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TomBell

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    Fishing with double handed fly rods, fermenting cider, earth science, pre-history, foraging for mushrooms, fixing anything that breaks

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    TOM BELL

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  1. If this helps, here is a side by side comparison of the last two characters on the sword Peter shows above and my sword. The first characters look very different but the last character looks pretty similar to my untrained eye. I am not suggesting these were done by the same person, only that the last sosho characters look similar. The last two characters on the sosho mei (http://www.nihontocraft.com/Izumi_no_Kami_Kunisada_mei.html figure 4) have more than a passing resemblance to the other three swords. If so, is it more likely to be sada than sugu or tsugu?
  2. Thanks Steve, The second character of the mei on my sword is a little smoother than the last character on the Shinkai mei but they are similar enough to be a convincing match. I found this section of Wada and Massey's article particularly enlightening with regard to use of Sosho assuming Yoshida is correct. I wonder if my sword was made by an apprentice or journeyman. According to Yoshida, Shinkai Kunisada started daimei for his father in the second year of Shoho (1645) with a sosho mei ("grass" or running/cursive style mei) ( Fig.4, 5) . Yoshida said that the reason for starting with a sosho mei may be as follows: Since this daimei was still unofficial, Oya Kunisada did not want Shinkai Kunisada to put the same kaisho-mei (normal or "block letter" style mei), written by an obviously different hand, on the daimei products. Because sosho mei was new, nobody would immediately notice that this was daimei. This may be a reasonable guess. Now if I could find a match for the first one. I am speculating that the first character is 邘 (the radical⻏ looks about right) and if the second character is 貞, can this be translated to Kunisada?
  3. So much to learn about this beautiful art form.

  4. A sword I recently acquired has damage to the ha, muni and ji. Most of the damage is from the middle of the blade increasing out to the kissaki. Of these, a straight cut in the ji with a very steep V cross section is the most intriguing. I don't think this is the result of bushwhacking. The maximum depth were it terminates at the shinogi is ~0.3 mm. It's maximum width at the shinogi is ~0.4 mm. It's length is 6 mm. A distinctive splatter pattern of fine rust on both sides of the blade radiates from the ji. As a complete beginner, I am trying to learn the names of the sword elements so please forgive me if I have mislabeled anything.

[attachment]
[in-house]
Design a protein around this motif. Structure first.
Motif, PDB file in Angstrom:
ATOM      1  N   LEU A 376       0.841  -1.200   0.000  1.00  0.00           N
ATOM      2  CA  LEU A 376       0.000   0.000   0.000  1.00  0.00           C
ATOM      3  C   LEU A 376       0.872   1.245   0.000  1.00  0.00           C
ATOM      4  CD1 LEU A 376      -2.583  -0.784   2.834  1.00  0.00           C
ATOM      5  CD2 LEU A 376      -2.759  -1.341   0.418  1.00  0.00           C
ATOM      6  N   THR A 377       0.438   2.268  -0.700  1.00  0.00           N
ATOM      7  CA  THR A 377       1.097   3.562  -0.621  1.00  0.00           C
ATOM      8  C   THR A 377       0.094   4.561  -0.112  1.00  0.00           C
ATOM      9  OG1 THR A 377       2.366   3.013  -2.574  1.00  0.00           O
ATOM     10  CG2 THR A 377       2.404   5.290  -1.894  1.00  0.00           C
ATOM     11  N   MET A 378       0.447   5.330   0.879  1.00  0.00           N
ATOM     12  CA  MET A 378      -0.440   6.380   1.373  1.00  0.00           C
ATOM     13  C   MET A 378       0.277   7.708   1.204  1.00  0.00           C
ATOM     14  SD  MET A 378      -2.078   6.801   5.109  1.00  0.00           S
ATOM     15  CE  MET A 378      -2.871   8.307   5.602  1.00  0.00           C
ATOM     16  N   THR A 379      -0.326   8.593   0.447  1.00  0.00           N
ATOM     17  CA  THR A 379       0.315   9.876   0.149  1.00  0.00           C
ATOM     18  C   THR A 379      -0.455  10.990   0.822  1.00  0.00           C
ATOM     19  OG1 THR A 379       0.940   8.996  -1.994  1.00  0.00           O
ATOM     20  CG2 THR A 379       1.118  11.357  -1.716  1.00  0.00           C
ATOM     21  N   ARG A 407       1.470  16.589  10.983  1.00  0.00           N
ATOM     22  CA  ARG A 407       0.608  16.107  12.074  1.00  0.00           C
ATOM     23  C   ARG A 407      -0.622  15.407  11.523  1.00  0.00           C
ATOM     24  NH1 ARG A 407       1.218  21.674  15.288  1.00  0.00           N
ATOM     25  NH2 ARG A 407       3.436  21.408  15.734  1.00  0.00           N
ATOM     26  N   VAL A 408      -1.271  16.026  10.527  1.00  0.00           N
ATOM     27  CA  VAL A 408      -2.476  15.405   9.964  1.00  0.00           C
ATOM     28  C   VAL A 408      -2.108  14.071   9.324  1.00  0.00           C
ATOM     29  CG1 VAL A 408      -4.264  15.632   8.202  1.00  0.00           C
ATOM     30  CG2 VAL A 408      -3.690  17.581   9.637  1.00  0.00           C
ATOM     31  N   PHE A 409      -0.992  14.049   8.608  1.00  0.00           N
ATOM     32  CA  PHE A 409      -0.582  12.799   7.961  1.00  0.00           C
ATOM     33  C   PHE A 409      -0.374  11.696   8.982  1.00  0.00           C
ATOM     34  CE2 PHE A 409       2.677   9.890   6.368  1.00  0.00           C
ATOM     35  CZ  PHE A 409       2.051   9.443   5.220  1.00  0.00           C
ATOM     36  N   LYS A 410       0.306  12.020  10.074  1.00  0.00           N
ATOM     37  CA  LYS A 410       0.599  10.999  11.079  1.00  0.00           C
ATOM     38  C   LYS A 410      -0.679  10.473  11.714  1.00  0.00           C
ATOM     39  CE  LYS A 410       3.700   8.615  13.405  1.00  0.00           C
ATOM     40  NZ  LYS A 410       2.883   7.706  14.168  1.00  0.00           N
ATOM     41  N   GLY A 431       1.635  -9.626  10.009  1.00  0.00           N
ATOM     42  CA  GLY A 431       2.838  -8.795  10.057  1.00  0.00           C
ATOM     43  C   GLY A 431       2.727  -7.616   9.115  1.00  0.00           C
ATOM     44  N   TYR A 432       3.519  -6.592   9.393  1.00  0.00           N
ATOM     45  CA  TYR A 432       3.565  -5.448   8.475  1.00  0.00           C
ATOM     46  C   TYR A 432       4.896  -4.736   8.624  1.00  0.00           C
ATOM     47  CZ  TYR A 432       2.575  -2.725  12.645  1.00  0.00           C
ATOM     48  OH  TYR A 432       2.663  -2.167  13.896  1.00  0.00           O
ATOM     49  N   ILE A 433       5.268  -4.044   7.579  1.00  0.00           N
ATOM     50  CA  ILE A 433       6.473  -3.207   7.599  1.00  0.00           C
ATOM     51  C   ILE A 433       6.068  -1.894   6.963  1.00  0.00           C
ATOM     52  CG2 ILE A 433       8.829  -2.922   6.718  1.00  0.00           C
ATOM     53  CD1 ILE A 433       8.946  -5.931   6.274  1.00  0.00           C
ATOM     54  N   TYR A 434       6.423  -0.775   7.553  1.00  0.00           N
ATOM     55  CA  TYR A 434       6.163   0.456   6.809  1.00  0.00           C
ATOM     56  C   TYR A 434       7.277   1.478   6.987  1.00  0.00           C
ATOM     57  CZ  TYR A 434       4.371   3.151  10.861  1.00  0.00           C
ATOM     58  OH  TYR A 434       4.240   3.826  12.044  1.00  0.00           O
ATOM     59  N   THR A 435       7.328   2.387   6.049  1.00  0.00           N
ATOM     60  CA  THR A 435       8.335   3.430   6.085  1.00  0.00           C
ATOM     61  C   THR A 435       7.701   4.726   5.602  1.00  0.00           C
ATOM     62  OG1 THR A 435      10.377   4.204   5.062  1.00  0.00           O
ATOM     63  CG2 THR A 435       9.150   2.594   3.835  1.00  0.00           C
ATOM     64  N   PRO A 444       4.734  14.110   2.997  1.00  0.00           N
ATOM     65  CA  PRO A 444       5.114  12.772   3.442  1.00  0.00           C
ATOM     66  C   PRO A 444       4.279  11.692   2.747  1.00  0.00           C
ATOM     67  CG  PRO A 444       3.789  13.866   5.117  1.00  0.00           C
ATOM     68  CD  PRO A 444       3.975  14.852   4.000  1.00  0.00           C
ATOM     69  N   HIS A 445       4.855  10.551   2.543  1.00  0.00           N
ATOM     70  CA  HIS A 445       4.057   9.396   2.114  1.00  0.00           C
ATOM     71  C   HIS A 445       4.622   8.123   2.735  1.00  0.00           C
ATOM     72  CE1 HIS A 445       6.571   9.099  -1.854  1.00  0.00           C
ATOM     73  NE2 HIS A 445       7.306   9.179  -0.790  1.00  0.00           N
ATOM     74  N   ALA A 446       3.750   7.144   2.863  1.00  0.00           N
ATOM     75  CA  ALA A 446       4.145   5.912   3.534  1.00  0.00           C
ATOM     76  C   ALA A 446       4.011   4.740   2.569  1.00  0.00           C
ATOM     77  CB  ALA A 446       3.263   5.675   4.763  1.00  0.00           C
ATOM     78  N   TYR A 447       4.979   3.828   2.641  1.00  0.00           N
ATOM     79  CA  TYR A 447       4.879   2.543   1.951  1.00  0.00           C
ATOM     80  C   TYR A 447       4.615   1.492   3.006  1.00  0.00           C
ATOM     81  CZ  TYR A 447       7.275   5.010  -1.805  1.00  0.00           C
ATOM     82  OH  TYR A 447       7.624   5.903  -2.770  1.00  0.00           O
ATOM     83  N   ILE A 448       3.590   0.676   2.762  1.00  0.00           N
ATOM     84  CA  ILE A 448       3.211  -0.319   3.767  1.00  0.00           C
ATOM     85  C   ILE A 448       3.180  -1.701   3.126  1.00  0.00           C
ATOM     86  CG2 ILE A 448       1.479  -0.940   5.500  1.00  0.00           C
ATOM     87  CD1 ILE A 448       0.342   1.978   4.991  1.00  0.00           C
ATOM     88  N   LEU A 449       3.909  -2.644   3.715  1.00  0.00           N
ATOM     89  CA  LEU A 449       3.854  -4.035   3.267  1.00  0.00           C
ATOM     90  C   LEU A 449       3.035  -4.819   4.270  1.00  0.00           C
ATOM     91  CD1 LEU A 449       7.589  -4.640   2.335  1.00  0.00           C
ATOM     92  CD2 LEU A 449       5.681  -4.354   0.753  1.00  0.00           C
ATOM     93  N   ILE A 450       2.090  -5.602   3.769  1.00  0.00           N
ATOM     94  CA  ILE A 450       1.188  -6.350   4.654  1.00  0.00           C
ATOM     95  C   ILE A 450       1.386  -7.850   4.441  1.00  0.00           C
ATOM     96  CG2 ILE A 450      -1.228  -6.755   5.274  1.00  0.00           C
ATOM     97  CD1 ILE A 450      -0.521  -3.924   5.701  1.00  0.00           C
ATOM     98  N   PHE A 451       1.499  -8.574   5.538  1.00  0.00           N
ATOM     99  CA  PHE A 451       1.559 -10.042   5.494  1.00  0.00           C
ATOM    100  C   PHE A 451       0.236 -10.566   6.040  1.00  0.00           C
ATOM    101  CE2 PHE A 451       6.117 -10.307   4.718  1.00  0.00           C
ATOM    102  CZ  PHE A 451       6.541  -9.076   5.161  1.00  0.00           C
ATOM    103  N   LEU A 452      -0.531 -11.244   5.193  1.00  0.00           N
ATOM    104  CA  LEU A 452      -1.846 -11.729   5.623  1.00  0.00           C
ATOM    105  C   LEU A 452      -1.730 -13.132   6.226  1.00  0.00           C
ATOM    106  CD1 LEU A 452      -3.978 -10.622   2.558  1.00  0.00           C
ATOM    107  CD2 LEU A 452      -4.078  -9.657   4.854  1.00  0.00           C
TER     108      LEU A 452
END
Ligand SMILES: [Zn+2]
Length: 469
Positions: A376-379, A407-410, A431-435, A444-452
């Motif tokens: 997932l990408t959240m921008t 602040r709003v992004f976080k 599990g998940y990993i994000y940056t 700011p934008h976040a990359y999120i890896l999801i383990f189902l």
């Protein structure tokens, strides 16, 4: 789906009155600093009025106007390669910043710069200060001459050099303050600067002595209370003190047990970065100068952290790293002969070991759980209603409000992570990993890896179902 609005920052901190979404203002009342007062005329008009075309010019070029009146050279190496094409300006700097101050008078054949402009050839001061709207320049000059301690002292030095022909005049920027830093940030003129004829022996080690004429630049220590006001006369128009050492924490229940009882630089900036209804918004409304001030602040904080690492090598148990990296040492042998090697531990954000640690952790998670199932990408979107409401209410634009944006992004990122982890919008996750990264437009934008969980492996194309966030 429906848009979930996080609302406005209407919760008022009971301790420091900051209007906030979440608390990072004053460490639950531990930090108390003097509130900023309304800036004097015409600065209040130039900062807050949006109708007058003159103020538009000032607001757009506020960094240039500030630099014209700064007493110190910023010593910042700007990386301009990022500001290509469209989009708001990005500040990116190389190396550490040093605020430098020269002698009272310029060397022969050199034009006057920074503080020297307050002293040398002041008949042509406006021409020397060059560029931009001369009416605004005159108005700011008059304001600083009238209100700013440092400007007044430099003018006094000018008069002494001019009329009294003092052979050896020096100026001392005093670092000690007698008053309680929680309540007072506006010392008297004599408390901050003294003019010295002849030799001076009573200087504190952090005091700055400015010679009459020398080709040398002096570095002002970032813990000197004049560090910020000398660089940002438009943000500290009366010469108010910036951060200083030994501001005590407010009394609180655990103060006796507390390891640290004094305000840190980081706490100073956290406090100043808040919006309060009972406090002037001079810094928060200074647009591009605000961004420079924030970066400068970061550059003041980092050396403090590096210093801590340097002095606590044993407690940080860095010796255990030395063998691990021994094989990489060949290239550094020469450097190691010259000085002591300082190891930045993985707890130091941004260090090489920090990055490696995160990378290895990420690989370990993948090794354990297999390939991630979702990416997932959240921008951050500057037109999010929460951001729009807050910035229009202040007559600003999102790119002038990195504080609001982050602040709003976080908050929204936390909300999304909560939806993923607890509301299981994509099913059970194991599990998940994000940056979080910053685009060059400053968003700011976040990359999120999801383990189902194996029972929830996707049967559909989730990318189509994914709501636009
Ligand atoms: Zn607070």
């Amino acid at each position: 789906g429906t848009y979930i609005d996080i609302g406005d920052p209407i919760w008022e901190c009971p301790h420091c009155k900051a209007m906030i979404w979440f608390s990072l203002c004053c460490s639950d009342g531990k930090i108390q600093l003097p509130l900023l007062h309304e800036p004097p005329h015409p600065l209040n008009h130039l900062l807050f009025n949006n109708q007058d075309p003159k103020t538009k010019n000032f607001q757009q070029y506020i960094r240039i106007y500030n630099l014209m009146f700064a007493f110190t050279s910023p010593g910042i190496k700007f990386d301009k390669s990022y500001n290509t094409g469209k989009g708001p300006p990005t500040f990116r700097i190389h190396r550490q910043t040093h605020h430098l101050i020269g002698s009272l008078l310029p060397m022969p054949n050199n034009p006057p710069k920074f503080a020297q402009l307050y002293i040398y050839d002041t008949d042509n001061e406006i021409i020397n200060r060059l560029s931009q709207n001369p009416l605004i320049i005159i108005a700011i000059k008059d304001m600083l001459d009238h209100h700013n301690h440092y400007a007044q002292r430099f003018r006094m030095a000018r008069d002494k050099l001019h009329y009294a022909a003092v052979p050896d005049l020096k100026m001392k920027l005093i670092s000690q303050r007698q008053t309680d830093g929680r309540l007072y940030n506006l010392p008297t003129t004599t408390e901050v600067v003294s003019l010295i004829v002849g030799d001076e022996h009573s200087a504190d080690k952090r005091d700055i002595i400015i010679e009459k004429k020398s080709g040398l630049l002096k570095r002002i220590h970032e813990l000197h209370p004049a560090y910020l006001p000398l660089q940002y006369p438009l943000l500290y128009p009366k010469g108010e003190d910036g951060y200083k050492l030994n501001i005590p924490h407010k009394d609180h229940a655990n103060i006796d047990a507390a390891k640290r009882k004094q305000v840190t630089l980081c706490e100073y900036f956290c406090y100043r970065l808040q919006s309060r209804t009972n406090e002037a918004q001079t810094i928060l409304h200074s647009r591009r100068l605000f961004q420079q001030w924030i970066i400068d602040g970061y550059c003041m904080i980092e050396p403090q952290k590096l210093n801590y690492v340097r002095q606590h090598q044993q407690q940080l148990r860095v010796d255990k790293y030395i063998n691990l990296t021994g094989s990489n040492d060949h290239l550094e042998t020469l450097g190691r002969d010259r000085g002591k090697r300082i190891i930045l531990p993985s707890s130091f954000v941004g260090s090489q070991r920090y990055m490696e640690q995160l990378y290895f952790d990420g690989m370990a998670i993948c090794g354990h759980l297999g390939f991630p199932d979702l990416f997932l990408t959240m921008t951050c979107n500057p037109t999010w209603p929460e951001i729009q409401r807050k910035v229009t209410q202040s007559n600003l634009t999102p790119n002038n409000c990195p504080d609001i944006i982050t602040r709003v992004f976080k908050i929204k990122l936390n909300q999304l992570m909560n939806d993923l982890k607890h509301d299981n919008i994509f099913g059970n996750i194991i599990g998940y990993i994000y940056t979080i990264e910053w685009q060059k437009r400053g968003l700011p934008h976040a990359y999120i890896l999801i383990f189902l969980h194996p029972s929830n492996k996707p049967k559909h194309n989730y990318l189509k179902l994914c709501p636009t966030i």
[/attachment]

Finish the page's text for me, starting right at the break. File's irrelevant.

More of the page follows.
5. TomBell

    Mochi Tetsu

    I ran across this excellent narrative of the tatara smelting process. My interpretation of the use of akome iron sand is partially wrong. It seems it was used exclusively to produce pig iron. My points about the origin of mochi tetsu however still add context to the original question posed by piryohae3. The streambeds below Kamaishi must have been of great value to the local economy.
  6. TomBell

    Mochi Tetsu

    Magnetite is commonly the primary iron mineral mineral in black sands around the world. In the geologically recent terrain of Japan, skarns would be a significant but not exclusive source of magnetite for iron sand. Masa iron sand which contains magnetite appears to be the feed stock for tatara production of small batch steel. From what I can tell, akome iron sand which has a bit of titanium in the magnetite was used as a flux to start the initial melt in the tatara or was used to produce pig iron. There is another potential source of iron that has been recognized since the Iron Age which is known as bog iron ore. This forms when ferrous iron in oxygen depleted groundwater is subsequently oxidized to ferric iron by bacteria in a swamp. This is a low grade source of iron but was widely used to make pig iron in antiquity and even during colonial times in North America. The primary iron minerals are hydrated iron oxides which when dehydrated form hematite (Fe2O3). Self fluxing hematite ores are now the primary feedstock for modern steel production.
  7. TomBell

    Mochi Tetsu